J. D. Salinger in Retreat…

By Helen Dudar Writers Bloc June 1979 In this age of hard sell, when even the most reticent author can be coaxed into a half-hour on camera with Dick Cavett, J. D. Salinger obdurately remains publishing’s invisible man. This is, of course, hard on his admirers, who...

Brooke Shields Walks on Glass

By O’Connell Driscoll Playboy December 1985 “You’re here,” Eddy Jo said. “Just barely,” Teri Shields said. She made a motion as if to sneeze, then caught herself. “I was wondering,” Eddy Jo said. She carried three spiral notebooks, cradled in her arms like a fat baby....

Raising Kane

By Alex Belth The Stacks Reader December 17, 2019 Last year, Harlem, 1958, a beautiful book celebrating the 60th anniversary of the most famous picture in jazz history was published. It remains a perfect gift for the jazz lover or the pop culture history buff in your...

Is Randy Newman a Redneck Cole Porter—Or Just Strange?

By Grover Lewis Playboy September, 1983 Randy Newman is chary of interviewers by reflex, bless his level sense, but bent even more unbendingly in that direction since the critical shitstorm mounted in the pop-squeak press against his fifth album of art songs, Good Old...

Growing up Stevie Wonder

By O’Connell Driscoll Rolling Stone January 19, 1975 There were four old ladies sitting in the lobby of the Fifth Avenue Hotel. They were four of the oldest ladies to be found anywhere. They sat facing one another in a quartet of lackluster wing chairs, holding...

Rock Style: Defying the American Dream

By Sara Davidson Harper’s July, 1969 Electric sound rushes out of the Gray Manse in Lake Mahopac, New York, splitting the still, winter air. On weeknights, carloads of teenagers from sleepy towns in upstate Putnam County follow the road around the lake and park in the...

The Seductions of MTV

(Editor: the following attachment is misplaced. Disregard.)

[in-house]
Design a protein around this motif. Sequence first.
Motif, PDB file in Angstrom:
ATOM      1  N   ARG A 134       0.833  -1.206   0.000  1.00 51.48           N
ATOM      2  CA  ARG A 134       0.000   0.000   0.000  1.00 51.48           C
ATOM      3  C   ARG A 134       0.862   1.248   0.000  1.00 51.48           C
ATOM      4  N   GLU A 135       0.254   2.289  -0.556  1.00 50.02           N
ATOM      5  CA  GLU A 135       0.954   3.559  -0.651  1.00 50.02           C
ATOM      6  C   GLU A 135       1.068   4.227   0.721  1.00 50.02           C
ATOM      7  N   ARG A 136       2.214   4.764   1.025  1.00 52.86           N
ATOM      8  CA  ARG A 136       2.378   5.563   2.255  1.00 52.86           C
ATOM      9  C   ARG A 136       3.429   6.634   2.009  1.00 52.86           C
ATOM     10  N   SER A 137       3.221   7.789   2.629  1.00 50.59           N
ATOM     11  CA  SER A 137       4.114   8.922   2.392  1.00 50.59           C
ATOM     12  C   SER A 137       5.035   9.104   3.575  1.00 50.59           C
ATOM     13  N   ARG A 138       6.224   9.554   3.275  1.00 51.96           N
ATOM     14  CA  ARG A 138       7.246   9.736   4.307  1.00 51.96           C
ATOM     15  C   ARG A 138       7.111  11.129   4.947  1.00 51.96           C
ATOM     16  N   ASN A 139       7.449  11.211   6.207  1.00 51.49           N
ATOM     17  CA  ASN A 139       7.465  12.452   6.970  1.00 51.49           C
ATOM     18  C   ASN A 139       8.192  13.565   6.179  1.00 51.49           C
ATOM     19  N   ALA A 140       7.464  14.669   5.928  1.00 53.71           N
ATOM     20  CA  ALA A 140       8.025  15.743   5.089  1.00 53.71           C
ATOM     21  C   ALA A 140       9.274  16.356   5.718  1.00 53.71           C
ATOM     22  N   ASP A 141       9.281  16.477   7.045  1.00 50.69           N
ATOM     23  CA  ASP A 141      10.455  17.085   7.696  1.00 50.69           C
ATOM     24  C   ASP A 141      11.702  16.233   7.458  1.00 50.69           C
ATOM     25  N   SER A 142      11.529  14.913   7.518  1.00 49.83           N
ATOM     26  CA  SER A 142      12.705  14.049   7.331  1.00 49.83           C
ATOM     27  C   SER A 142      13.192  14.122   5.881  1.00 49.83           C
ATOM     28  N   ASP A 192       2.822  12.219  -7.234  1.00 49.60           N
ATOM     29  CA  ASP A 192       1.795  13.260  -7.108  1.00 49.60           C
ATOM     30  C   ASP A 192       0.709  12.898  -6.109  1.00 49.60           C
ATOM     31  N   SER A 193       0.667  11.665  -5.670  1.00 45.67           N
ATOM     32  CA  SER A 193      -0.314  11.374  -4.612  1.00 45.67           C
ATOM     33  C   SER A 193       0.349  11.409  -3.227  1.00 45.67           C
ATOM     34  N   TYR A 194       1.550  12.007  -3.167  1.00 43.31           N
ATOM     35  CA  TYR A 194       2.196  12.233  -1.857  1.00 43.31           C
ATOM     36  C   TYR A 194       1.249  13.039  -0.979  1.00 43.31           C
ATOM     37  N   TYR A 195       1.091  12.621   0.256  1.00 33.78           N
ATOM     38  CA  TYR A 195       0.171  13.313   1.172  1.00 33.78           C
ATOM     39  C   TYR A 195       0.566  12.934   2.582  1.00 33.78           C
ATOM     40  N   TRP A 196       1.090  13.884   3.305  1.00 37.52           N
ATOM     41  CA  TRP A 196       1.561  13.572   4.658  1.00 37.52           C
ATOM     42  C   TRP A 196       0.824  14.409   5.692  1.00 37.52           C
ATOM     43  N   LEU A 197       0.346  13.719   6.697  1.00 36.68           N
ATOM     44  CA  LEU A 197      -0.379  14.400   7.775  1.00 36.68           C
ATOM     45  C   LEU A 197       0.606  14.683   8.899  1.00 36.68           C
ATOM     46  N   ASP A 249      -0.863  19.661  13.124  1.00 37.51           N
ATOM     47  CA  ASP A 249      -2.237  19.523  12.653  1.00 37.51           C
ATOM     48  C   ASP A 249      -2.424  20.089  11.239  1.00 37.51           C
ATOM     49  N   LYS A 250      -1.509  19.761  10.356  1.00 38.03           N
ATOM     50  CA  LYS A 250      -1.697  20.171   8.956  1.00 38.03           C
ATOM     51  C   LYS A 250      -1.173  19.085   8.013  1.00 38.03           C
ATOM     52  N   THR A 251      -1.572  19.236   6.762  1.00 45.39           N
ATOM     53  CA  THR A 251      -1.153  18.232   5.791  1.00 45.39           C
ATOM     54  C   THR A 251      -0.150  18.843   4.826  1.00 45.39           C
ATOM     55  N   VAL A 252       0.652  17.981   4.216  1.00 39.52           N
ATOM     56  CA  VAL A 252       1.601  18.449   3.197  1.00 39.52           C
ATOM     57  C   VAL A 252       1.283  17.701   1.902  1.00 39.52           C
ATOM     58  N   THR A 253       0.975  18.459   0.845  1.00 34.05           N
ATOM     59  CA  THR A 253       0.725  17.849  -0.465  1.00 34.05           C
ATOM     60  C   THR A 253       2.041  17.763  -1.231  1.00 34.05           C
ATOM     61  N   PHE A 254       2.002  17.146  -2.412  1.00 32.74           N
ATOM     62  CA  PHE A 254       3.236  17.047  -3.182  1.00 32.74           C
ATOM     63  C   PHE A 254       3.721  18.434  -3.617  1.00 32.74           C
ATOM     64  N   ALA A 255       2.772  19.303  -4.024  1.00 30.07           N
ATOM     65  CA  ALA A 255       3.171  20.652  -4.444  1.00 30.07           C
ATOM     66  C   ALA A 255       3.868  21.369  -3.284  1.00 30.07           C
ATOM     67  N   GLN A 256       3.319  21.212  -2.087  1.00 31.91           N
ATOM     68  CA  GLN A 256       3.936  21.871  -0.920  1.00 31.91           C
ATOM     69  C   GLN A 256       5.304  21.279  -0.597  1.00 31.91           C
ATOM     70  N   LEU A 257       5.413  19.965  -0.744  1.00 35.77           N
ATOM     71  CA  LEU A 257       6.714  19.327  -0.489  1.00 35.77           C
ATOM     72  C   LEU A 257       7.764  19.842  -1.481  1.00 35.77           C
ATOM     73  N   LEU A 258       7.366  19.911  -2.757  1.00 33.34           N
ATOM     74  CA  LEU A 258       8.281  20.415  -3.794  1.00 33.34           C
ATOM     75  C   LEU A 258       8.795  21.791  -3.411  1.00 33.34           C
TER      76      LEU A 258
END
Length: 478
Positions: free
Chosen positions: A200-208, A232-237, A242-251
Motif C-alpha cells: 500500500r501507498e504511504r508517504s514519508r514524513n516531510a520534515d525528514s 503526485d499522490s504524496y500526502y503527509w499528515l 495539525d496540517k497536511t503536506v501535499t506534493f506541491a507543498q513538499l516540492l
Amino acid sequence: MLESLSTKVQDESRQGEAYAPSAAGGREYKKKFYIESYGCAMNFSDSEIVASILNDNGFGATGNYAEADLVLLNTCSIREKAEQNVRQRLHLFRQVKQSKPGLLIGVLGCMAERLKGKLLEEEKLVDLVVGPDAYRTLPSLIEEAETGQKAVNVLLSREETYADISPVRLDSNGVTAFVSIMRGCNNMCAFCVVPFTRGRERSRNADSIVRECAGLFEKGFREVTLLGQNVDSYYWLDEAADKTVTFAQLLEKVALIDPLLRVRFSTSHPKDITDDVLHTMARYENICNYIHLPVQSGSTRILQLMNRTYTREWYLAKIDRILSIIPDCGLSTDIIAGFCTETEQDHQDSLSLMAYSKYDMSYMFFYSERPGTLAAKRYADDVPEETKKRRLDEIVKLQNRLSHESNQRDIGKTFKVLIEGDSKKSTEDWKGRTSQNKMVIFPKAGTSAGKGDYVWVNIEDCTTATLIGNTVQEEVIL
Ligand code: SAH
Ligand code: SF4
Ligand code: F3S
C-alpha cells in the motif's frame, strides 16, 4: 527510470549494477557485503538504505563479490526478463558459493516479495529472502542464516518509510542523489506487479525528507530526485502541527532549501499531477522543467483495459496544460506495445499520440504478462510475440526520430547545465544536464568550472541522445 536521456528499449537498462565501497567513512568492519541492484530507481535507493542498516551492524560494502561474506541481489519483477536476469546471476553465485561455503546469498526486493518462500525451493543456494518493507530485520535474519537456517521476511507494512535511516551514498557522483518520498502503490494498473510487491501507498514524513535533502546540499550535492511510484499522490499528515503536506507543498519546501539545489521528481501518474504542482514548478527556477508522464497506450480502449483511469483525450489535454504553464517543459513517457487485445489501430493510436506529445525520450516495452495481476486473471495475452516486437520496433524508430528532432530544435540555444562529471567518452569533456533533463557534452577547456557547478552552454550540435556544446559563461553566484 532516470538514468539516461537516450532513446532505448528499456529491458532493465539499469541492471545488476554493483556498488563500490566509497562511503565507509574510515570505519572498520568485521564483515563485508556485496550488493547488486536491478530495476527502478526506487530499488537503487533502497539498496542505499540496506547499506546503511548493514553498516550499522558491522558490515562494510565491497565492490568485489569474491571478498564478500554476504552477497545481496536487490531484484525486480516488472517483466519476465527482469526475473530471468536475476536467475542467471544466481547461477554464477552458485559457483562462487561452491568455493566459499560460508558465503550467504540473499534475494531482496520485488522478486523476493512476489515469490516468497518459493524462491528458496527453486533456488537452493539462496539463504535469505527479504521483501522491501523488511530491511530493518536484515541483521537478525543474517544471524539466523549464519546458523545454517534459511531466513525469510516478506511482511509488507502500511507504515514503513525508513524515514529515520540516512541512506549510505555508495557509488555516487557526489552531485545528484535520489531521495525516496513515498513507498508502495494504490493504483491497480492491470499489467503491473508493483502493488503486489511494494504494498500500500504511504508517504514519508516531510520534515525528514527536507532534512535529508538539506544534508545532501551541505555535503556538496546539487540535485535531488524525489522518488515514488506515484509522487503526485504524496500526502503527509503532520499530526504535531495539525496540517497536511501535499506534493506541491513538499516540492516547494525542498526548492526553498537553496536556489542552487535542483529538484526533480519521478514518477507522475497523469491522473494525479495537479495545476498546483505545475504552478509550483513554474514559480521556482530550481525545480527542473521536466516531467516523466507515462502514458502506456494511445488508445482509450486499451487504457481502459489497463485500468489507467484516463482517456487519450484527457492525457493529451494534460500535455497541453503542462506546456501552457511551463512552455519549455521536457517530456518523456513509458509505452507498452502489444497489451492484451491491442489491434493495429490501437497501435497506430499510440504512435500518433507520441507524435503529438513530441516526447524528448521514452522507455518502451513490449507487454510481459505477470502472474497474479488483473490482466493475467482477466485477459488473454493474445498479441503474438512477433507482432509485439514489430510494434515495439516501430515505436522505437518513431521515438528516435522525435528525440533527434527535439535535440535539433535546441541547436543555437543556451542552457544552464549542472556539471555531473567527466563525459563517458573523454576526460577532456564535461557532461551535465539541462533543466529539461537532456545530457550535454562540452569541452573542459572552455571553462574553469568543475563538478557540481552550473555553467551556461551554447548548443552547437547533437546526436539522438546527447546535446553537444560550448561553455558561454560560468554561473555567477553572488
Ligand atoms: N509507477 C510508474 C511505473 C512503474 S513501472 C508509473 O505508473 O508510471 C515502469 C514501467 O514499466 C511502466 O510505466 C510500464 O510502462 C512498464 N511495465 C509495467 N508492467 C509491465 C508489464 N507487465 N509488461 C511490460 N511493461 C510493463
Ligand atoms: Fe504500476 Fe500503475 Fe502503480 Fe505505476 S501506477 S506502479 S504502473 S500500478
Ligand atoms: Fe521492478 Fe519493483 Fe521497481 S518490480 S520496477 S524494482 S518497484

By Helen Dudar The Wall Street Journal September 26, 1983 Most of my friends can be seduced by a tedium of journalists gnawing over the week’s news or by the exquisite boredom of Brideshead Revisited, but my television tastes run to junk. Family Feud, Entertainment...

Glenn Stout Lives Way Up There

By Kevin Koczwara The Classical August 2012 When Glenn Stout says he lives far up there in Vermont he means it. The roads seem to go on forever and the mountains never end. Eventually, I make it to Lake Champlain and realize I’m getting close. I continue driving north...

The Double Life of Peter O’Toole

By O’Connell Driscoll Playboy August 1982 The House on Stradella Road in Bel Air had tall iron security gates, which were standing open. Sitting in the center of the driveway—and blocking the entrance—was a black Cadillac limousine with darkened windows. A chauffeur...

Miles Davis Blows His Horn

By James Kaplan Vanity Fair August 1989 A fresh gale blows down the chute of Central Park and buffets the windows of Miles Davis’s hotel suite in midtown Manhattan. A romantic might hear songs in this wet wind, the ghosts of seven blocks south and forty years past,...

Adagio, ma non tropp

By Lewis H. Lapham Harper’s August 1995 “The best thing for being sad,” replied Merlyn, beginning to puff and blow “is to learn something. That is the only thing that never fails. You may grow old and trembling in your anatomies, you may lie awake at night listening...

Mr. Mike’s America

By Paul Slansky Playboy March 1983 It was a time when people walked the nation’s streets with orange-foam pads clamped to their ears and antennae bouncing above their heads. The newspapers of the day told of several thousand men and women who had allowed themselves to...